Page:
Coca-Cola on Tuesday became one of a small but growing number of companies offering paid leave for new fathers as well as mothers — a step advocates say brings modernity to benefits packages stuck in the “Mad Men” era.
The Atlanta beverage giant said beginning next year it will offer six weeks paid leave to all U.S. employees of either sex who have new children, including adoptive parents and those planning to be foster parents.
Coke said one motivation is to help it recruit and retain millennials.
Calls for unisex paid leave benefits have been increasing in the United States, where policies have been slower to change than in other nations where time off for all parents is standard.
At present, U.S. companies with more than 50 employees are only required to offer expecting mothers 12 weeks of unpaid leave, although many corporations go beyond that with some level of paid time off.
Fathers are generally not included in those plans, though a number of tech companies have added them as recruitment tools.
But many American workers — especially men — don’t take the leave even when offered because they fear it can sidetrack career paths or that they will be seen as unambitious, according to studies.
“What we have are these old stereotypes around which (parental leave) policies were designed,” said Josh Levs, author of a book on fatherhood and paid leave, “All In.” Three years ago, while working at CNN, Levs fought his own leave battle against parent Time Warner. The company settled the complaint with the Equal Employment Opportunity Commission in late 2015, opening parental leave to fathers.
“This hurts women and men,” Levs said of single-sex leave policies.
Cost can be a factor. The University System of Georgia turned down a 2014 proposal that would have provided eight weeks of paid leave for both mothers and fathers after the birth or adoption of a baby. The system rejected the proposal, presented by faculty at the University of Georgia, saying it would be too expensive.
Coke said Monday its younger employees championed the idea as a smart strategy, particularly for attracting talented people their age. Coke estimates that millennials, ages 18 to 34, will make up more than half its global workforce by 2020.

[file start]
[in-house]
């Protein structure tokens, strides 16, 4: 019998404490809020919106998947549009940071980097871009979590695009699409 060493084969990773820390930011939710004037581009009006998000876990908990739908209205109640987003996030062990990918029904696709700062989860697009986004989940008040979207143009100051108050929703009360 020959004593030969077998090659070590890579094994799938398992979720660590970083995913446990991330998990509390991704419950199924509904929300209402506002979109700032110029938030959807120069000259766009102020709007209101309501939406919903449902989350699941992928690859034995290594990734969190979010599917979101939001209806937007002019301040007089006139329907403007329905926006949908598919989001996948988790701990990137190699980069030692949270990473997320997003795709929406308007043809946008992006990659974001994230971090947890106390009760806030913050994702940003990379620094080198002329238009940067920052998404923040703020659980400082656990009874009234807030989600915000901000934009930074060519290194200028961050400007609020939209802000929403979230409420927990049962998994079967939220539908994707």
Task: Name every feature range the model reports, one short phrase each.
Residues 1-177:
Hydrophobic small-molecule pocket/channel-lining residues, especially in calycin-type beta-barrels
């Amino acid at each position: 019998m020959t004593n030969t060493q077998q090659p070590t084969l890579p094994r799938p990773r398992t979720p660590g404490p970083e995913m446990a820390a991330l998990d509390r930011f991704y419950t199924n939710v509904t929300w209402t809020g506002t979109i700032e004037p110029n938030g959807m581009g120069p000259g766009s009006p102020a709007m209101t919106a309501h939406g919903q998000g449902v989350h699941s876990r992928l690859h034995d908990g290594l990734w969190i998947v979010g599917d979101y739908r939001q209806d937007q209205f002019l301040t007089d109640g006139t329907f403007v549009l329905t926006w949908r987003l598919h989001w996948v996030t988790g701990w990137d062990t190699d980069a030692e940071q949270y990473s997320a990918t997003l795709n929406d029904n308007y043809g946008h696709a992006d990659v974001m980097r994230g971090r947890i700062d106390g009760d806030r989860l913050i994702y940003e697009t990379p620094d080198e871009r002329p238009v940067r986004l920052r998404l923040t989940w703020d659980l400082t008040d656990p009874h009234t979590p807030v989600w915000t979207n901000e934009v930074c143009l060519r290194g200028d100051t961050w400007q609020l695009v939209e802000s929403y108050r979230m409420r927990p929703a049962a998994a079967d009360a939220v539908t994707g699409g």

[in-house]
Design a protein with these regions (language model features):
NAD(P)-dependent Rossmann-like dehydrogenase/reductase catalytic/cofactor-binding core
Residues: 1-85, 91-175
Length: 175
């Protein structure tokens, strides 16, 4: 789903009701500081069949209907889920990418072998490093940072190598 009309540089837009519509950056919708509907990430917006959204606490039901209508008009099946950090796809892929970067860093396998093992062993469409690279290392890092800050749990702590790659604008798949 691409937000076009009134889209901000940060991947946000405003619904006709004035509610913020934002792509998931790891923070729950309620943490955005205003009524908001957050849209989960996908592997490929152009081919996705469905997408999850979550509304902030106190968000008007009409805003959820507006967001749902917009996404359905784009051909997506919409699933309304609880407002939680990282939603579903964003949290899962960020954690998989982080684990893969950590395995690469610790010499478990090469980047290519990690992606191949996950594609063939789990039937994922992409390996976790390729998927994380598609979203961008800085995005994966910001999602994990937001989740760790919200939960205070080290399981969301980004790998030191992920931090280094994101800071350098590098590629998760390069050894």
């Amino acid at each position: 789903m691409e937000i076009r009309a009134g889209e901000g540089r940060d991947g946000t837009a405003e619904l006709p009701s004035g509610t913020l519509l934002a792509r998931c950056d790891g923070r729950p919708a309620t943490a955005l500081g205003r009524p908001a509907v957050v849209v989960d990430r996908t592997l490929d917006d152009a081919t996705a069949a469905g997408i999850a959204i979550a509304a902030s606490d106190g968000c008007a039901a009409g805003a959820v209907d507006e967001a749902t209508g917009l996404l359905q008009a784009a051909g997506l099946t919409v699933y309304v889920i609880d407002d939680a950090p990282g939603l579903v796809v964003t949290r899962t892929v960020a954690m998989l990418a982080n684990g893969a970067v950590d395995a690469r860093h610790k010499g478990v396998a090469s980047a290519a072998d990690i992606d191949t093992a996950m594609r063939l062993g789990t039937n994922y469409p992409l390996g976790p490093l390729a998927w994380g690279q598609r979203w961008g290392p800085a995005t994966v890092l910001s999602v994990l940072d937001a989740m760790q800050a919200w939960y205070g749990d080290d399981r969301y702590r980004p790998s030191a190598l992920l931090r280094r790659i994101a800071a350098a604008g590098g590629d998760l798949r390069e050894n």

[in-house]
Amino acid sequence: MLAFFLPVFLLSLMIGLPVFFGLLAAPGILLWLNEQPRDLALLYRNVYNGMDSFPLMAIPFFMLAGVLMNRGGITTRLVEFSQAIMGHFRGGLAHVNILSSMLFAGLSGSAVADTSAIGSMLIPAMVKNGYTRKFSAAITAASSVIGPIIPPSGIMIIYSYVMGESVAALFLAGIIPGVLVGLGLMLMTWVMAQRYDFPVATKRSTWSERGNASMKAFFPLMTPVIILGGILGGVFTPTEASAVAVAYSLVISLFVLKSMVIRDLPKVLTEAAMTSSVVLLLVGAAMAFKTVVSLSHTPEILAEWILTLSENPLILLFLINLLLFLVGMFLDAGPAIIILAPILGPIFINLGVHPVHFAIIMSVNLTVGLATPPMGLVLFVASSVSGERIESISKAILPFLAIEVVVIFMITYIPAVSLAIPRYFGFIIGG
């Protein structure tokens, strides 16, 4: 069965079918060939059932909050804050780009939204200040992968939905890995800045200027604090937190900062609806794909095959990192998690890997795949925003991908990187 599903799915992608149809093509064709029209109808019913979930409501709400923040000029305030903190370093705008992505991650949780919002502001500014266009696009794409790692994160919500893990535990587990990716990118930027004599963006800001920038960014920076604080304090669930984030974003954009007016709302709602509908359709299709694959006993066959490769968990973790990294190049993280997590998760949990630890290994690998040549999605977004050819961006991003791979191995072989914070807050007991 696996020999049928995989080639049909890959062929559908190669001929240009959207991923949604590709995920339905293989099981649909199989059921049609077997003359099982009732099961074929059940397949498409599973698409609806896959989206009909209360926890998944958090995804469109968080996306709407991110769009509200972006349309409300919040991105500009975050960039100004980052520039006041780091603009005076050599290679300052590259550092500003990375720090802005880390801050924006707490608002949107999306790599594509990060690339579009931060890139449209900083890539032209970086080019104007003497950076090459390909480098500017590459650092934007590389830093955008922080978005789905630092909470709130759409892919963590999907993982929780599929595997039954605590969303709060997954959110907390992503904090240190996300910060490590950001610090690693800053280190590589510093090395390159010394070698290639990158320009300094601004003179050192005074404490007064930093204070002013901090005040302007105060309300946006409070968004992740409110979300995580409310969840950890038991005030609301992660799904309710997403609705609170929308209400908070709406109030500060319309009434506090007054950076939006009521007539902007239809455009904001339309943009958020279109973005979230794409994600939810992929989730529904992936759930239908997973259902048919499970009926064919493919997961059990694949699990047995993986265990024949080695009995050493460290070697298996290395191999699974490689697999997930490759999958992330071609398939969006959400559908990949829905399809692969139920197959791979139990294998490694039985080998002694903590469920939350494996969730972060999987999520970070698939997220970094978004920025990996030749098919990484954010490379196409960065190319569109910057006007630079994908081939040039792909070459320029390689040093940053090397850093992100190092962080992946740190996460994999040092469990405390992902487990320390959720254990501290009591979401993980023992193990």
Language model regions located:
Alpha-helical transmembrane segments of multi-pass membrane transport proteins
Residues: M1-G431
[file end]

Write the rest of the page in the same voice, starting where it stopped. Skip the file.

The added benefits will supplement the six-to-eight weeks of paid leave Coke already provides to birth mothers through short-term disability, the company said.
A few well-known companies, including Facebook, Apple and Google, already use generous parental leave benefits for both men and women — some as much as three or four months — to lure workers and make jobs more attractive.
Streaming giant Netflix and online arts and crafts marketplace Etsy recently created parental leave policies on steroids, offering moms and dads one-year and six-month leaves respectively.
Business is not alone in beefing up the leave policies. The city of Atlanta last year began offering paid parental leave of six weeks for all city employees, no matter the gender, who are primary caregivers while non-caregiver were offered two weeks of paid time.
“The adoption of paid family leave will provide much needed financial support to our employees and their families,” Mayor Kasim Reed said at the time of the announcement.
Kelly Cahill Timmons, an associate dean at the Georgia State University’s College of Law, said Coke’s plan could influence other old-line corporations, demonstrating that such moves are not limited to the tech sector. Bank of America, Johnson & Johnson and Goldman Sachs have also extended unisex paid parental benefits.
She praised Facebook CEO Mark Zuckerberg’s decision to took paternity leave for the birth of his daughter.
“The biggest test,” she said, “is going to be who is going to take it.”
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